“When I look back at the ‘06-’08 D.C. teams, we had two Shields in there,” he said. D.C. won the 2006 and 2007 Supporters’ Shield with a squad led by the likes of Jamie Moreno, Ben Olsen and Christian Gómez.
“I look back at them now, whether they got knocked out of the playoffs or not, those were really great teams, and I’m happy that there’s something to commemorate that period. I think people look at LAFC last year as the perfect example of a truly great team, no matter what happened in the playoffs. So there’s more of an appreciation for what the Shield is.”
The Shield can be especially poignant when it’s the first piece of hardware for your club, which was the case for the New York Red Bulls in 2013. Led by Thierry Henry and Tim Cahill, they came back from an early deficit to soundly defeat the Chicago Fire 5-2 on the last day of the season and win their first trophy in the club’s 18 year history, and their first of three Shields.
But it’s what happened afterwards that truly gets to the heart of what the Supporters’ Shield is about.
“The majority of supporters in the stands didn’t know that the Shield was in the house, because it could have gone elsewhere if New York didn’t win,” Fishkin said of the match against the Fire.
“It was a wonderful surprise,” he said. “I believe something like only 10 people among the supporters groups were aware the Shield was in the house, so when it appeared, there were plenty of tears. It was very emotional.”
There’s a video of the celebration afterwards, as head coach and club legend Mike Petke is addressing the supporters, Henry takes the silverware, shoves it into Petke’s hands and points him towards the South Ward, telling him “Stop talking. Go with your fans. It’s been 18 years, go!”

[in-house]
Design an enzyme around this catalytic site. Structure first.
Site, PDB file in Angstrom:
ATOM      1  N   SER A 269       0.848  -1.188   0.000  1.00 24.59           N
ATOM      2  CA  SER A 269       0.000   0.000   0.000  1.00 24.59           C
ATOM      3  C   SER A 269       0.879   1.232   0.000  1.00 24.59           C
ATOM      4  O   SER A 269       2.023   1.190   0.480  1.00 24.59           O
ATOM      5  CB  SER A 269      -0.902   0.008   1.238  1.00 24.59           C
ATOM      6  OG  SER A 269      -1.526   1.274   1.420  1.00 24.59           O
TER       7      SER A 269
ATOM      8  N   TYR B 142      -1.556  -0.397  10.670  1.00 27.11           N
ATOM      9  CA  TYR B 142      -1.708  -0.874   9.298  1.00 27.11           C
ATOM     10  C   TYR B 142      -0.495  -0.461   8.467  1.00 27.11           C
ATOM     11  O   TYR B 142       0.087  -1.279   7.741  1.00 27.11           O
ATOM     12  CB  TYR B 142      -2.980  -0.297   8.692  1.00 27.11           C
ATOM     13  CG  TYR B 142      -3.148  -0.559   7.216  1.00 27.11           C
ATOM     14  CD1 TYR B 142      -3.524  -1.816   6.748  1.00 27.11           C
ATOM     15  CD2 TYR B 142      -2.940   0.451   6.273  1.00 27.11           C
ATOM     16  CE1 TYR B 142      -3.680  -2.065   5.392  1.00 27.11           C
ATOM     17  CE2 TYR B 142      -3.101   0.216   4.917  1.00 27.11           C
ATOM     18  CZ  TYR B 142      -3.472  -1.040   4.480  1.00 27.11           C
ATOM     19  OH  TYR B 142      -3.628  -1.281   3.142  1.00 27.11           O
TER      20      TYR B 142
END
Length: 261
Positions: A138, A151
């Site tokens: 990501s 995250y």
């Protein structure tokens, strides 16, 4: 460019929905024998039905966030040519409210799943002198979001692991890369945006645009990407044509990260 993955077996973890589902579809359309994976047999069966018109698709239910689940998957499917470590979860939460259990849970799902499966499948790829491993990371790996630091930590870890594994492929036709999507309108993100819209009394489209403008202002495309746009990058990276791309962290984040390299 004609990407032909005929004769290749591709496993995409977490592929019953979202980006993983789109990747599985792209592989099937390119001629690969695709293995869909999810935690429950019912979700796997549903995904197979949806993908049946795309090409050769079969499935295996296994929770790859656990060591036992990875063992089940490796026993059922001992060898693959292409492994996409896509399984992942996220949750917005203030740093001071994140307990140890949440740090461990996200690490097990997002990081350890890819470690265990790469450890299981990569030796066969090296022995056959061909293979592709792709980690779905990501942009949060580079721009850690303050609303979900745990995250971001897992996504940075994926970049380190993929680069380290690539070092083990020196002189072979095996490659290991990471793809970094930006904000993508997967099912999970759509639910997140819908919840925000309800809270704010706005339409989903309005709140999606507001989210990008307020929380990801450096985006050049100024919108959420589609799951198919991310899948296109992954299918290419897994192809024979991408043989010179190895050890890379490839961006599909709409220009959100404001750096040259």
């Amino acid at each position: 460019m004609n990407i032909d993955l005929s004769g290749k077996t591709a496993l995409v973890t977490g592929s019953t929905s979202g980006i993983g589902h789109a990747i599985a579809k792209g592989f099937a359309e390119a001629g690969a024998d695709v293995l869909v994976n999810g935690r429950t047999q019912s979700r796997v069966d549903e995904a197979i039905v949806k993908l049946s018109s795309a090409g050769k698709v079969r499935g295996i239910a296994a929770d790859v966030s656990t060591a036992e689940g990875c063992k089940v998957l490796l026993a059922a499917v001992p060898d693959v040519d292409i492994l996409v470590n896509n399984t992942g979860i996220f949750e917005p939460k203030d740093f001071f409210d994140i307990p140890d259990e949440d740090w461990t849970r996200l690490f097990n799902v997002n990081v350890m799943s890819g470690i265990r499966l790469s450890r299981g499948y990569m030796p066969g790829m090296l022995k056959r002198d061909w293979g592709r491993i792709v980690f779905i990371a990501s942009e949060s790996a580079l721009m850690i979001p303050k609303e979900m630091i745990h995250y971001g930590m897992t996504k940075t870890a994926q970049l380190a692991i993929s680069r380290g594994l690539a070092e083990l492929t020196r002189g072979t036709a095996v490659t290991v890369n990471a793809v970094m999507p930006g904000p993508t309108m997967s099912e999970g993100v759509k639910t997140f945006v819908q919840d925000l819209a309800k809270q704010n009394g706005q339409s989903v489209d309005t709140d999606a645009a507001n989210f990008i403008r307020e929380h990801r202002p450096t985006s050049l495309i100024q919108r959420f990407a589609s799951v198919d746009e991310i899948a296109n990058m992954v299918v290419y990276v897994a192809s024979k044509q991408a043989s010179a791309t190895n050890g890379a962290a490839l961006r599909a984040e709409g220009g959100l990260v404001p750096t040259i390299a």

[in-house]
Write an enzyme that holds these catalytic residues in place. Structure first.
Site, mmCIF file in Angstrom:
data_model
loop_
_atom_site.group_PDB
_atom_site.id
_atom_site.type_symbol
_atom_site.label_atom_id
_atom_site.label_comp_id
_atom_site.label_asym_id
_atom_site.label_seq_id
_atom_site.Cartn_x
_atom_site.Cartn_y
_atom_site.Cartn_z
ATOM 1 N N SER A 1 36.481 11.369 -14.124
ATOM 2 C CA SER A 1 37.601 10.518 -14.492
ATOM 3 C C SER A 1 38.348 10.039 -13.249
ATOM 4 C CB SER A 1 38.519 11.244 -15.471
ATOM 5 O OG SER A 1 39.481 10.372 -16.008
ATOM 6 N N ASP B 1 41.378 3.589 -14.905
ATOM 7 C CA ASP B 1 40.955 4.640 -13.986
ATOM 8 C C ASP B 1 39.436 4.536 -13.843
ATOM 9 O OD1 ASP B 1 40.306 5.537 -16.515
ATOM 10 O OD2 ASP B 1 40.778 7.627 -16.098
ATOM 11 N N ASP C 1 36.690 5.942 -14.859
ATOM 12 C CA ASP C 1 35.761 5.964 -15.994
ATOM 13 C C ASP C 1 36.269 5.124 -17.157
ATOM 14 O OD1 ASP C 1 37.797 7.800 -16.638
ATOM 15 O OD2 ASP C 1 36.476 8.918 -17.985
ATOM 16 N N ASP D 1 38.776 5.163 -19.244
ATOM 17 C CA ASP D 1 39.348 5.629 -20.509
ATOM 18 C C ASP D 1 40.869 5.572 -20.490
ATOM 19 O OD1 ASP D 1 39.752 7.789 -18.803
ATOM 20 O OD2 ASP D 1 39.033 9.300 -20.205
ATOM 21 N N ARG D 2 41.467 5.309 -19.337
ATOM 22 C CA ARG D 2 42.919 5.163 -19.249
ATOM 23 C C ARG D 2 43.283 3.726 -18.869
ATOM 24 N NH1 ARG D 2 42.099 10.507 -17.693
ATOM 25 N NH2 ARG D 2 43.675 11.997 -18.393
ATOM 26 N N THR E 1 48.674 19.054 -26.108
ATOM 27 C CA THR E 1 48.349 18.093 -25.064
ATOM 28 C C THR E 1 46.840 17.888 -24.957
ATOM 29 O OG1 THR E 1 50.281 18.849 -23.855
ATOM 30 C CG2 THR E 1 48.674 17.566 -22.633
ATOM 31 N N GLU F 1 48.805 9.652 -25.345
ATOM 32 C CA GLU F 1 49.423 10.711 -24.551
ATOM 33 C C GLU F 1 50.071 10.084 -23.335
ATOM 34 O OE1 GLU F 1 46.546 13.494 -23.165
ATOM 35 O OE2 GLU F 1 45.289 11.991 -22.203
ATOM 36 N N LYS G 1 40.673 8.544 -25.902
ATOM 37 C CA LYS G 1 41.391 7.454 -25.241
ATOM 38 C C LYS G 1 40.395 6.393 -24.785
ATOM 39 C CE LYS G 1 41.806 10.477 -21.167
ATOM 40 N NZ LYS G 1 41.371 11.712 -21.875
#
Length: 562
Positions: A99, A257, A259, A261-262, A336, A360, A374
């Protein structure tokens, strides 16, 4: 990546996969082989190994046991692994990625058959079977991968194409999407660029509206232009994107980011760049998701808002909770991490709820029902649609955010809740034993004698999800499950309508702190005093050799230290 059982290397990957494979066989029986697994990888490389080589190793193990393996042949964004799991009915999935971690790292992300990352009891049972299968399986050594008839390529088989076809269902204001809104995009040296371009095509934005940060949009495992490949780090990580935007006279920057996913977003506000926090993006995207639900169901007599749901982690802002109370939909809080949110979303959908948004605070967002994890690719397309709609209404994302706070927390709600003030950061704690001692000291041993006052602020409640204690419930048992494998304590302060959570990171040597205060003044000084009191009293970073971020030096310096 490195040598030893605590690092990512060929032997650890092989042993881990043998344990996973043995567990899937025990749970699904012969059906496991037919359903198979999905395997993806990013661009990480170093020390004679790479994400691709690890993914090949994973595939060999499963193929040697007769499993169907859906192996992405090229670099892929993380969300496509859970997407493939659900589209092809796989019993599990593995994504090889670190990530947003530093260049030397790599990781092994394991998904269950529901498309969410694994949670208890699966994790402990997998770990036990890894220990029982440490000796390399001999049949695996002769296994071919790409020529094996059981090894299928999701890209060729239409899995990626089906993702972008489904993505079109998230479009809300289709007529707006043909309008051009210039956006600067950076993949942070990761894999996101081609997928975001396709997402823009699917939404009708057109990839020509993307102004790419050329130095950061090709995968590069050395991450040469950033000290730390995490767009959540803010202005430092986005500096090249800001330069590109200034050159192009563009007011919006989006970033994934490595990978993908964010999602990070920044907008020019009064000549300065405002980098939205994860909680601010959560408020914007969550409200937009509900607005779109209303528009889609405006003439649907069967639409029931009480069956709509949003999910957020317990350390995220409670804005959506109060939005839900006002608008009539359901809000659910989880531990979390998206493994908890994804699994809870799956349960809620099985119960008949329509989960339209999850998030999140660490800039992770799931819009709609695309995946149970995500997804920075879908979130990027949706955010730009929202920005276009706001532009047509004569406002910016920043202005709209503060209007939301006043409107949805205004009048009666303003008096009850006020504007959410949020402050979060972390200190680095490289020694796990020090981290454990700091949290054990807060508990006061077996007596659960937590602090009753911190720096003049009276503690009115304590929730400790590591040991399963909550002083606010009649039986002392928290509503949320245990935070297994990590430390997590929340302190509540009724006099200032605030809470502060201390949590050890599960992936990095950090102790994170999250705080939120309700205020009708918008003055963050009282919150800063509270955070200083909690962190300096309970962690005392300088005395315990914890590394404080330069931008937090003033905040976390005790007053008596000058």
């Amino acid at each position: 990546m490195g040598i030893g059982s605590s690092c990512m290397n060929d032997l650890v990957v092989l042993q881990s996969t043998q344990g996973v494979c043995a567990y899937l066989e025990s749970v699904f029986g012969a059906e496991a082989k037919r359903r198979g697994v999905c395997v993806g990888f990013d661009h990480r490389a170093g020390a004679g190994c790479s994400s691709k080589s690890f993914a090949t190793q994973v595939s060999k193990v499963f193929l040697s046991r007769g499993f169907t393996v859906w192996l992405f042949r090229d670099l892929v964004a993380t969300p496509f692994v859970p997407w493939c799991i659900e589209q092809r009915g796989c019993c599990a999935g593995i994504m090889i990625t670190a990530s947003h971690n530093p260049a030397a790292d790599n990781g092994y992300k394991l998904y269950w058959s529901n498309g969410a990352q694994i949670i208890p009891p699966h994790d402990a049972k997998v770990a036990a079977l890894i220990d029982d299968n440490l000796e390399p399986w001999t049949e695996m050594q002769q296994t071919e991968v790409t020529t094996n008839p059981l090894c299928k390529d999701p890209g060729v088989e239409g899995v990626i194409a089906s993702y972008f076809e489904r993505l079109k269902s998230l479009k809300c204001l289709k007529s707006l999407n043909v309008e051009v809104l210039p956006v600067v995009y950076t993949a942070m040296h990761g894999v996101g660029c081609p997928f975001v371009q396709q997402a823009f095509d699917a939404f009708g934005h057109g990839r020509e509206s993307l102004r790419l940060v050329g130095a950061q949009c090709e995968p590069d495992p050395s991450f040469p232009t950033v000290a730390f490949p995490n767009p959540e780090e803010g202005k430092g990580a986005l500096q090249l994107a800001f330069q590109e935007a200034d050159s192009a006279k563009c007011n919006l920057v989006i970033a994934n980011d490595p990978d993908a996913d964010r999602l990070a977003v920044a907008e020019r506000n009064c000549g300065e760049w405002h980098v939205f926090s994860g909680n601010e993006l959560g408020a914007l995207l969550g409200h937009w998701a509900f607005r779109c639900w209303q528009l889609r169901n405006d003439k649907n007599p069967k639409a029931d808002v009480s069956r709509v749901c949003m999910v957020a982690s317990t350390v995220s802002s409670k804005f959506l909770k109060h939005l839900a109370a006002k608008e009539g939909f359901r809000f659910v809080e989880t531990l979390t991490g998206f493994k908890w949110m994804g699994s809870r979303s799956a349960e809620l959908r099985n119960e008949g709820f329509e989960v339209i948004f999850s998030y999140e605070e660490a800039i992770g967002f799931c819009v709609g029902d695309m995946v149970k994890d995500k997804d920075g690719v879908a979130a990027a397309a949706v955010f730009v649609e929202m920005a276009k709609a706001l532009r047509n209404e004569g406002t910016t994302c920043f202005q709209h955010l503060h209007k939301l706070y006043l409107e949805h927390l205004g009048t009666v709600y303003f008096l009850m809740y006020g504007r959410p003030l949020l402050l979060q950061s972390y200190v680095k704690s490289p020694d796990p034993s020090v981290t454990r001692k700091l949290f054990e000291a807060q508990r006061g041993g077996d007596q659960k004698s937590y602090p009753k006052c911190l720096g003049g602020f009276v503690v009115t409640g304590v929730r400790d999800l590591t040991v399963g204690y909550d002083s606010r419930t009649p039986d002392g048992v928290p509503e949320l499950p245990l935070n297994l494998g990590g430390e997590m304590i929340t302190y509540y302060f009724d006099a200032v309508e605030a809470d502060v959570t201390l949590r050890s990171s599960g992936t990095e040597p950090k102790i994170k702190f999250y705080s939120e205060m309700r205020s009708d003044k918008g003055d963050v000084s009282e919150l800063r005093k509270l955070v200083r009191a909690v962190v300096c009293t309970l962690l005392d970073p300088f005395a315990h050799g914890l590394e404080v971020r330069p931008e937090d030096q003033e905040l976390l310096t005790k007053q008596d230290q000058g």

It’s right there where the true magic of the Shield lies. In the moment when the trophy shifts between the hands of players and fans, knowing that they got to that moment together.
“One thing that’s driven its importance is that supporters can hand it off and have that celebration with players,” said Lambert. “Anytime you raise a trophy like that, it’s fun. It’s special to see your team raise a trophy in person, and having that bond between supporters handing it off to the players makes it unique.”
Maybe the commotion from earlier this month was enough to keep the Supporters’ Shield’s importance closer to the front of people’s minds. Maybe seeing the Philadelphia Union hoist their first trophy this weekend, or watching Toronto claim their second Shield, against a year of chaos, will be enough of a reminder of its meaning. Maybe some supporters didn’t have to be reminded of it in the first place.
But regardless, as the Shield gets another moment in the spotlight this weekend, this time for less controversial reasons, it will be another validation of the power of supporters within the game in North America.
“Just like our clubs, it’s ours,” said Lambert. “It’s the trophy that’s made by the supporters. It’s the difference between a trophy that the league institutes or a trophy that a rich man donated long ago, and one that we came up with ourselves, created, funded and sustain. That’s unique in, as far as I know, any part of American sports to have something that’s that important and that actually belongs to the supporters.”